thieves, and affaffines. What a city! what a capital ! I undertake, however, to give it morals, and if I succeed, the provinces, always less corrupt, will soon be reformed.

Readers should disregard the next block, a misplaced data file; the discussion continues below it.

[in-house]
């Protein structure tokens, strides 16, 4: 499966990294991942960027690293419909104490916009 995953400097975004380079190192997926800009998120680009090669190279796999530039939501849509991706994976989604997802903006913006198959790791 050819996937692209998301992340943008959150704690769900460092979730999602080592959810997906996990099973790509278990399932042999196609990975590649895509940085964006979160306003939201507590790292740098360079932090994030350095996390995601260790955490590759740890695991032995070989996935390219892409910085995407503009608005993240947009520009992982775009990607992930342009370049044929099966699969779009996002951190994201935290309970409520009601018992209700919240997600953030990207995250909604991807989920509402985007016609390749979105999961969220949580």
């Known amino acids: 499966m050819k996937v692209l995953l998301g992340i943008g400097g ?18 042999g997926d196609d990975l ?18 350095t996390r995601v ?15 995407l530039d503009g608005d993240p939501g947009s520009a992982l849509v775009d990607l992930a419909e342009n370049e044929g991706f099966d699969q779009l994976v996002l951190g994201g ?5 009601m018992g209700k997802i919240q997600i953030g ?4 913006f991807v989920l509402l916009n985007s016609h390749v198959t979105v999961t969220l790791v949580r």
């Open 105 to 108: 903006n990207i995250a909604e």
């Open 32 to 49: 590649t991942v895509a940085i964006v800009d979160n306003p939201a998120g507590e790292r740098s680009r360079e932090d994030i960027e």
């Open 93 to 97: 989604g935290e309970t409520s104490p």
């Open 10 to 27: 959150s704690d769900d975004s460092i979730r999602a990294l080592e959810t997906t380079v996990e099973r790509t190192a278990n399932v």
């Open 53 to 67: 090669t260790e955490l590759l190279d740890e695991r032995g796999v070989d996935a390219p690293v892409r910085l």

• I begin by strengthening paternal authority, the first and the moft sacred of all. It is derived from God; it governed before there were any kings ; it was the foundation and the model of the Chinese government for many ages, when the rest of the earth was at the mercy of tyrants ; Romulus, who perhaps Itretched it too far, placed it at the head of his laws; he allowed a father, not only to put his children in prison, to load them with chains, to order them to be publickly beaten with rods, to condemn them to labour, to difinherit them, but even to sell them or put them to death. I would give fathers all this power, excepting that of selling their children, and putting them to death. When we consider, that it is a father who punishes, there is little reason to be afraid of severity. Romulus perhaps extended the duration of paternal authority too far; it was exercised over children of whatever age or dignity. It may continue till the age of five and twenty. When a child has been properly trained till this time, if he is guilty of any irregularity afterwards, let him be subject to the laws.-A father, to whom such a power is committed, must not be surprised, if after the example of China, he is obliged to answer for the conduct of his children, under the pain of being punished for their crimes. The law supposes, that if the father had educated his son properly, the crime would not have been committed. And at the worst, the punishment of an innocent person, which is sometimes unavoidable under the best form of government, would prevent a hundred other fathers from being guilty.'